The Richmond Register

Local News

February 5, 2013

Blythe: Church was once only place blacks felt safe, important

Black History and Old Time Religion

RICHMOND — City Commissioner Robert Blythe used an old piano Monday inside the Richmond Teen Center to bring the audience back to a time when the church “was the only place where blacks felt free and important.”

Blythe, who also is pastor of First Baptist Church, Francis and Collins streets, gave a Black History Month presentation to the Madison County AARP Chapter.

He referred to a small, but large piece of history he held in his hand. The small book was comprised of thin, limp pages that told the story of Madison Campbell.

“He has been given the distinction of being the founder, the organizer of our church,” Blythe said. “One of the things that you’ll discover is the church has actually undergone several name changes. This year, the church is celebrating 170 years.”

In 1843 Madison County, slaves were not allowed to own land, therefore the property for the “African Church” was deeded to white trustees.

The church also has been called the United Baptist Church of Christ, United Baptist Church Colored, First Baptist Church Colored and finally, the First Baptist Church.

He and Pastor Bill Fort, who is the preacher for another First Baptist Church in Richmond, have a running joke.

“When we’re at the same gathering and we both get introduced, whoever gets introduced second says ‘I’m the pastor of the other First Baptist Church,’” Blythe said.

Many people who are new to the community often ask why there are two First Baptist Churches in the same town.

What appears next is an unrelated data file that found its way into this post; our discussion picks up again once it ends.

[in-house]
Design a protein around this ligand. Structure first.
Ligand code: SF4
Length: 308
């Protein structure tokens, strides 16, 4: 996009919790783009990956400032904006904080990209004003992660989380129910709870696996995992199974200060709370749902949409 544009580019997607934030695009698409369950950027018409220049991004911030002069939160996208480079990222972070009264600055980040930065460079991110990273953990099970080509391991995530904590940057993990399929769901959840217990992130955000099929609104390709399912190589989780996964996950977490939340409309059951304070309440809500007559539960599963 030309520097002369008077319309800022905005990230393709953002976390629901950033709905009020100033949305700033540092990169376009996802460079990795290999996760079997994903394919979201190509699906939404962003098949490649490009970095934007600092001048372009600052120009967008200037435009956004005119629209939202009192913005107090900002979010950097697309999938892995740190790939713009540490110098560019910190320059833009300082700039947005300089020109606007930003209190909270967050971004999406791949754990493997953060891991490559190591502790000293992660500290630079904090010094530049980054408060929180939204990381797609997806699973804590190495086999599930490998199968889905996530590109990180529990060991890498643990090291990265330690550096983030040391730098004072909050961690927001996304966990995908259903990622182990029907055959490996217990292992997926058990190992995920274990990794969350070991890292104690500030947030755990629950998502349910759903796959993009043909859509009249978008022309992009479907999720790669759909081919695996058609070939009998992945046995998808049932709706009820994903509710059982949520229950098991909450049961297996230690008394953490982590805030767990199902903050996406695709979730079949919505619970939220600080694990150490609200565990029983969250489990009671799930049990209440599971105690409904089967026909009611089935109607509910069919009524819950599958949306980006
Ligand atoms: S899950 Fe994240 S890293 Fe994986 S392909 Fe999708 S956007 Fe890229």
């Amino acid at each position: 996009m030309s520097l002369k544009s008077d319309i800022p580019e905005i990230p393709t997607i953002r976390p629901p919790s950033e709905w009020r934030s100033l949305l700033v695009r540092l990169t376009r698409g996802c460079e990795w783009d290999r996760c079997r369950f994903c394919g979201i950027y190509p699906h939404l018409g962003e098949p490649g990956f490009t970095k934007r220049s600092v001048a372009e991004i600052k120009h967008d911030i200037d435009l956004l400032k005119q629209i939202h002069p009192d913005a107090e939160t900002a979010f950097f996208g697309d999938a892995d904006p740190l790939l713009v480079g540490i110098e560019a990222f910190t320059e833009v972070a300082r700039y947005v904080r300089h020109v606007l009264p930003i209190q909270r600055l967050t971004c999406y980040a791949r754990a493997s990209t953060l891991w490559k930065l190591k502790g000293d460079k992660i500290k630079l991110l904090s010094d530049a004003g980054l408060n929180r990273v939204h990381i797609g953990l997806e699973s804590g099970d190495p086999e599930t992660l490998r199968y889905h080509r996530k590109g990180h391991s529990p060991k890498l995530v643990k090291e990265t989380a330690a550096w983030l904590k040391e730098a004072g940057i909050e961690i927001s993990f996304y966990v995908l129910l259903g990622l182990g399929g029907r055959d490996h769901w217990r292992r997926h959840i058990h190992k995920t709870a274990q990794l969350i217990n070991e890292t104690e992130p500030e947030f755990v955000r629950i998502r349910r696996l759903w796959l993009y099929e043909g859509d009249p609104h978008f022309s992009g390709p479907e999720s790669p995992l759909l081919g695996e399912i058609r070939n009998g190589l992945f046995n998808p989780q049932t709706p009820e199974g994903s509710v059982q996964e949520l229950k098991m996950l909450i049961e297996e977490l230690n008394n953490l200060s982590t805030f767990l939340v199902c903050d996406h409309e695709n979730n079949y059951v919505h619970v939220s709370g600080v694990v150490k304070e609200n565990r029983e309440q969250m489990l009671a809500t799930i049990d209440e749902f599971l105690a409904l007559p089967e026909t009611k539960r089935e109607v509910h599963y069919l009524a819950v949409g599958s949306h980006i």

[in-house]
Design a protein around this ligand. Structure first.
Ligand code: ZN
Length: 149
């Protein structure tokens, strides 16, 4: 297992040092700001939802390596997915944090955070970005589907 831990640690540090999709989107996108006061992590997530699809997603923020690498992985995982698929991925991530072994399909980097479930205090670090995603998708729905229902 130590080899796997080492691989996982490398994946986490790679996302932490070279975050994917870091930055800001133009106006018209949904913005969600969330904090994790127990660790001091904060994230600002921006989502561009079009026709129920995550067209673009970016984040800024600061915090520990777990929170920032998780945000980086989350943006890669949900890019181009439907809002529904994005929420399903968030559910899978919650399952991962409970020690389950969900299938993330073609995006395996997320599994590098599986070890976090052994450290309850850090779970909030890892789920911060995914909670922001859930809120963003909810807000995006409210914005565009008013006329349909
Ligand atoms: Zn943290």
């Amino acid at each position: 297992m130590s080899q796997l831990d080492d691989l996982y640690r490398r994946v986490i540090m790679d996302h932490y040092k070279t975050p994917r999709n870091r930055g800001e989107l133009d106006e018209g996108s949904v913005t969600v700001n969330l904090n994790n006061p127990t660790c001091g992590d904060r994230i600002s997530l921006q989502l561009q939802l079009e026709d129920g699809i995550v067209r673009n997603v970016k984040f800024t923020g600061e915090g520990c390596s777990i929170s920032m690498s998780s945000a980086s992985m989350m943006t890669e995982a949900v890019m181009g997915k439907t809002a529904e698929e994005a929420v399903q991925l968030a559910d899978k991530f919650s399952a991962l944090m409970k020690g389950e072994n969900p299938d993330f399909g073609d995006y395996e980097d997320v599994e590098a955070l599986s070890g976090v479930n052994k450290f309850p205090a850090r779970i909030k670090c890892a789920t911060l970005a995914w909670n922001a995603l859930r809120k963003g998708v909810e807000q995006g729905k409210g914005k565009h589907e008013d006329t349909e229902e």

“I say that it’s about history and one of the things I’ve learned about history is that it is what it is,” he said. “It may be distasteful, but there’s nothing we can do to change history. Our charge is to serve in the present time and to serve it as we know what is right. We cannot erase history, but if we feel there are things in history that did not go as we thought they should have gone, we have a charge to do what is right in our time.”

Blythe read out of the first chapter from Campbell’s autobiography: “I was born a slave 10 miles south of Richmond on Sept. 1, 1823. The neighborhood was thinly settled with a white population. You can find a white man owning four and five colored people and some even 10.”

Campbell wrote about a “chain of knobs,” referring to the surrounding Joe’s Lick Knob, Blue Lick Knob, Pilot Knob, the Big Hill Mountains and the Scaffold Cane Mountains.

“It was surrounded by a big creek called Silver Creek,” Blythe read, which was followed by laughter from the crowd because today, Silver Creek is not as large.

After the reading, Blythe led the audience in singing songs from the 1920 “Gospel Pearl” hymnal, and the crowd sang along to songs including “I Got a Robe,” “Somebody’s Knocking at Your Door” and “Old Time Religion.”

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